Bacterial isolates obtained from the rhizosphere of Arabidopsis and a plantless compost potting mix was screened for anti-oomycete activity against Phytophthora capsici, Phytophthora citricola, Phytophthora palmivora, and Phytophthora cinnamomi. Three out of 48 isolates exhibited more than 65% inhibition against all tested Phytophthora species and were selected for further studies. These strains, named UQ154, UQ156, and UQ202, are closely related to Bacillus amyloliquefaciens, Bacillus velezensis, and Acinetobacter sp., respectively, based on 16S rDNA sequence analysis. The isolates were evaluated for their ability to fix nitrogen, solubilize phosphate, as well as for siderophore, indoleacetic acid, cell wall degrading enzymes and biofilm production. Their plant growth promoting activities were evaluated by measuring their effect on the germination percentage, root and shoot length, and seedling vigor of lettuce plants. All of these traits were significantly enhanced in plants grown from seeds inoculated with the isolates compared with control plants. Moreover, bacteria-inoculated P. capsici-infected chili plants exhibited improved productivity based on CO2 assimilation rates. Both real-time quantitative PCR and disease severity index revealed significant decreases in pathogen load in infected chili root tissues when plants were previously inoculated with the isolates. Biocontrol activity may result from the secretion of diketopiperazines as identified by Gas chromatography-mass spectrometry analysis of bacterial cultures' extracts. Collectively, this work demonstrates the potential of bacterial isolates to control Phytophthora infection and promote plant growth. They can, therefore be considered as candidate microbial biofertilizers and biopesticides.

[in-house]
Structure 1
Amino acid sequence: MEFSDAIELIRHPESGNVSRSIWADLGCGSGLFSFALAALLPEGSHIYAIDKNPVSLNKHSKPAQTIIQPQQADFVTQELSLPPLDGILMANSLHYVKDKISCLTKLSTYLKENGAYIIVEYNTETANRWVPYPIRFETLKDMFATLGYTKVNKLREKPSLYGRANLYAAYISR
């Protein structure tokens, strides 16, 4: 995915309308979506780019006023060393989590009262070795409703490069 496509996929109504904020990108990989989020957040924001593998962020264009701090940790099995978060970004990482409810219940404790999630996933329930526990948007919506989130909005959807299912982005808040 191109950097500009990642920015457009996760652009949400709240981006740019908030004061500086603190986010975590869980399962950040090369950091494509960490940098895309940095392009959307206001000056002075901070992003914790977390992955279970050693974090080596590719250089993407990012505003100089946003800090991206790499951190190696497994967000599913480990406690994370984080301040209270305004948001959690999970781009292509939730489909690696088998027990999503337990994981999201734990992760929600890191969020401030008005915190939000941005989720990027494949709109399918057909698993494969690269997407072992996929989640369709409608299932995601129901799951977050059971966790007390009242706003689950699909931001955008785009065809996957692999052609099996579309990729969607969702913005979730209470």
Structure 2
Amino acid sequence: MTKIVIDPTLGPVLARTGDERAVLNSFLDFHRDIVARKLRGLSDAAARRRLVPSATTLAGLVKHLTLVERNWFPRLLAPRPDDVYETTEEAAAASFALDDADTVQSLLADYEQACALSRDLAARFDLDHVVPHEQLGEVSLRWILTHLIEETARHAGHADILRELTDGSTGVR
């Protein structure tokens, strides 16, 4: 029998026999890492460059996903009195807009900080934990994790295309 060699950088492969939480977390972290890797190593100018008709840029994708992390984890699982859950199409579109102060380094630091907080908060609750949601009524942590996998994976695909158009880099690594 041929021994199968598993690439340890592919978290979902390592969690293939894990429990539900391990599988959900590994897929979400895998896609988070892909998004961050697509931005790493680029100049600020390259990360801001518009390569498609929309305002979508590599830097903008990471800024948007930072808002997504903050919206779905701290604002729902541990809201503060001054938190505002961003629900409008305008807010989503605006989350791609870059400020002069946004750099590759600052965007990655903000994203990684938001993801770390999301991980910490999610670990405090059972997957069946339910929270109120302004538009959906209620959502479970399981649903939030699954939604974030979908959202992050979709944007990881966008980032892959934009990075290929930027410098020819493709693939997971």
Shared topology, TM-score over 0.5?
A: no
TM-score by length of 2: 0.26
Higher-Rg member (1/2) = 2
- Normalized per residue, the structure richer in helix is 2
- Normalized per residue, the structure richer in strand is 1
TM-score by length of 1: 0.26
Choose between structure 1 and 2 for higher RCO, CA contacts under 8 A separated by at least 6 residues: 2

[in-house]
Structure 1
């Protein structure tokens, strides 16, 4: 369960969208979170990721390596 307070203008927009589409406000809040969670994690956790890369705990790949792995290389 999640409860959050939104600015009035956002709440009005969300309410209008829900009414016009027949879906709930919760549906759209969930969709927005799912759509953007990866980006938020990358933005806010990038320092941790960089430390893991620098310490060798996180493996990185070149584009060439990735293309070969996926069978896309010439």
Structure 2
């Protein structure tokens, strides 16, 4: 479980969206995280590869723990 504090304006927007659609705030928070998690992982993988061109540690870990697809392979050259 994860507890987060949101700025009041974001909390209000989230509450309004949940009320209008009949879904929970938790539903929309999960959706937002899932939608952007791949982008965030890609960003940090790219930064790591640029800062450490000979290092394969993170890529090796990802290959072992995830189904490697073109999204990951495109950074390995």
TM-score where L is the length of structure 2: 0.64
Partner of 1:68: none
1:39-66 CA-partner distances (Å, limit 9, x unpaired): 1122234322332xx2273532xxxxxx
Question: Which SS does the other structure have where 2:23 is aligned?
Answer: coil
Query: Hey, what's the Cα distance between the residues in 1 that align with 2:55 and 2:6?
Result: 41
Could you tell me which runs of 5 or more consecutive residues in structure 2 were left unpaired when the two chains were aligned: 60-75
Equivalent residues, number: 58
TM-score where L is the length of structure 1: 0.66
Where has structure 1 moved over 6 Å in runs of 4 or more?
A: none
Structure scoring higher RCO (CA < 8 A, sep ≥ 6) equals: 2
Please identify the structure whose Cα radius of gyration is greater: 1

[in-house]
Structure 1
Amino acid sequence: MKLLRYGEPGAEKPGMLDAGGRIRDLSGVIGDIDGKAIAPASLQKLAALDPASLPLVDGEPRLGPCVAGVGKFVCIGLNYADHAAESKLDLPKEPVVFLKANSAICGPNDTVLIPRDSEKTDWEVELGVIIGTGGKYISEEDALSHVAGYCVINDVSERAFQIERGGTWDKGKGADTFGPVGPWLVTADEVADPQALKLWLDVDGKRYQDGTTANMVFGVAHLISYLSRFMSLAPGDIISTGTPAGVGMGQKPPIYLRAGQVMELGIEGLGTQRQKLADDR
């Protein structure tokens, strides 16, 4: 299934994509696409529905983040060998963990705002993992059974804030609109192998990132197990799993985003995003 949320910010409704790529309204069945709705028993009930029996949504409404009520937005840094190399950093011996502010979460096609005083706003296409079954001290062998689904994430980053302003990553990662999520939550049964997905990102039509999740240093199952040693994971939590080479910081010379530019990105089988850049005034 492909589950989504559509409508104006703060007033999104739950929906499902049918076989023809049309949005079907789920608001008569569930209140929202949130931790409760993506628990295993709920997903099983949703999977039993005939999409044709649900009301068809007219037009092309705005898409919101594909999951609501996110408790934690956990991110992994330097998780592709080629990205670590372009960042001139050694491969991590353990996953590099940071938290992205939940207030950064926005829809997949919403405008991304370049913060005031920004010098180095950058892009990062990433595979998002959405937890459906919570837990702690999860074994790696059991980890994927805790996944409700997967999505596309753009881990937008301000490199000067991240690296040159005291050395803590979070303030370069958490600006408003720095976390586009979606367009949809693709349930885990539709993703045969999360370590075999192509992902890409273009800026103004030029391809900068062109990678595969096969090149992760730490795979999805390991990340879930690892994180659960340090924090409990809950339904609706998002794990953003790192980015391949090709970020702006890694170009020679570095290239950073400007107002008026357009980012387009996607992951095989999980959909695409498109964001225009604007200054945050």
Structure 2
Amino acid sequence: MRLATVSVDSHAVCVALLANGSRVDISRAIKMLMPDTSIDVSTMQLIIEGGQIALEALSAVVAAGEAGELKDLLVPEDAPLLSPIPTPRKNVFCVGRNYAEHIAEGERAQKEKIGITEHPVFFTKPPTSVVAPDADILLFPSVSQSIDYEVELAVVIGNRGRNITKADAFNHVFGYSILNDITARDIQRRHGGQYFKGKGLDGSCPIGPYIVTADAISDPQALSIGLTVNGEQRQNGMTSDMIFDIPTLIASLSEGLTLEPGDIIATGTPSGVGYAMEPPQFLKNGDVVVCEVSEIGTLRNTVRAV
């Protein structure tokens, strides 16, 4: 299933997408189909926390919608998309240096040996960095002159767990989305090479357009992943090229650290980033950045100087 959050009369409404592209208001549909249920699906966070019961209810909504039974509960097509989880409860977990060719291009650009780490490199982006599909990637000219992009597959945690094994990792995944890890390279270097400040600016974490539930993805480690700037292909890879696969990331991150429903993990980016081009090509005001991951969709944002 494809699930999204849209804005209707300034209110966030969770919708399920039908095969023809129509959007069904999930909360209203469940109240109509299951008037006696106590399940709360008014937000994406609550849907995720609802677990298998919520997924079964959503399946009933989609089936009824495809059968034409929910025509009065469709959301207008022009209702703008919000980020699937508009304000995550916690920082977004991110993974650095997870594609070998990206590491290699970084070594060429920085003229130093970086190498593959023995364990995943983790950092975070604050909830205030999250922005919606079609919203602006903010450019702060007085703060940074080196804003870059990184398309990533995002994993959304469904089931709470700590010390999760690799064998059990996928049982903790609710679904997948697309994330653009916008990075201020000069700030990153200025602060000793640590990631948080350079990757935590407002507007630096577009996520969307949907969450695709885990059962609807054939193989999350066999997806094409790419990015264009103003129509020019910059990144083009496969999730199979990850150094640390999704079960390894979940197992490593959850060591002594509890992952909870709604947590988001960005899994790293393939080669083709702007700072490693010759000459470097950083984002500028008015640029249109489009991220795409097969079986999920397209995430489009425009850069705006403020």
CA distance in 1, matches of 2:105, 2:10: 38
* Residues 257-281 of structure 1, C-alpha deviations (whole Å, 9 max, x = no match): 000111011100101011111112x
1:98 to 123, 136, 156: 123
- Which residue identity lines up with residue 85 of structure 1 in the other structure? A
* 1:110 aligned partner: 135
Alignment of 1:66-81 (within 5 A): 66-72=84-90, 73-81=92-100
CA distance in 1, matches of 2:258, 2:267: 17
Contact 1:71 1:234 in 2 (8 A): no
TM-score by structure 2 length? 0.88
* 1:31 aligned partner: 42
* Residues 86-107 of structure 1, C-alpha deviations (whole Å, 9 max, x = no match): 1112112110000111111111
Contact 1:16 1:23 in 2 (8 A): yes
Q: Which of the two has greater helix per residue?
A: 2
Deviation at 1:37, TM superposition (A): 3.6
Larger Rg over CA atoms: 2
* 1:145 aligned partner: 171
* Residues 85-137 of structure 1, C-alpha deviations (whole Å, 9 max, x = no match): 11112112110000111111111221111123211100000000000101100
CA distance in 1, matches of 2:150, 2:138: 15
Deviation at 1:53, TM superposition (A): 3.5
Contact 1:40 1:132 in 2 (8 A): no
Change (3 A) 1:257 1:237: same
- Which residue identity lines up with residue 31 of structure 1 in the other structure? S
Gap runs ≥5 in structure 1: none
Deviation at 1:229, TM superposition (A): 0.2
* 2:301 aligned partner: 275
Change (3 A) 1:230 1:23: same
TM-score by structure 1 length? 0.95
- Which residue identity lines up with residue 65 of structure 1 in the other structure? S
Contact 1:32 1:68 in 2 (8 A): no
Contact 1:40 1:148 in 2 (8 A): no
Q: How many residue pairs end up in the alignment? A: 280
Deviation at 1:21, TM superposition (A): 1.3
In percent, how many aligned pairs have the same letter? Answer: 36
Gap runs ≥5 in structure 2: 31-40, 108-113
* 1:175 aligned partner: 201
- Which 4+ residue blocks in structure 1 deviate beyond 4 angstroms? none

Keywords: Phytophthora; biocontrol agent; microbial biofertilizer; microbial biopesticide; oomycete; plant growth-promoting bacteria; soil microbial antagonism.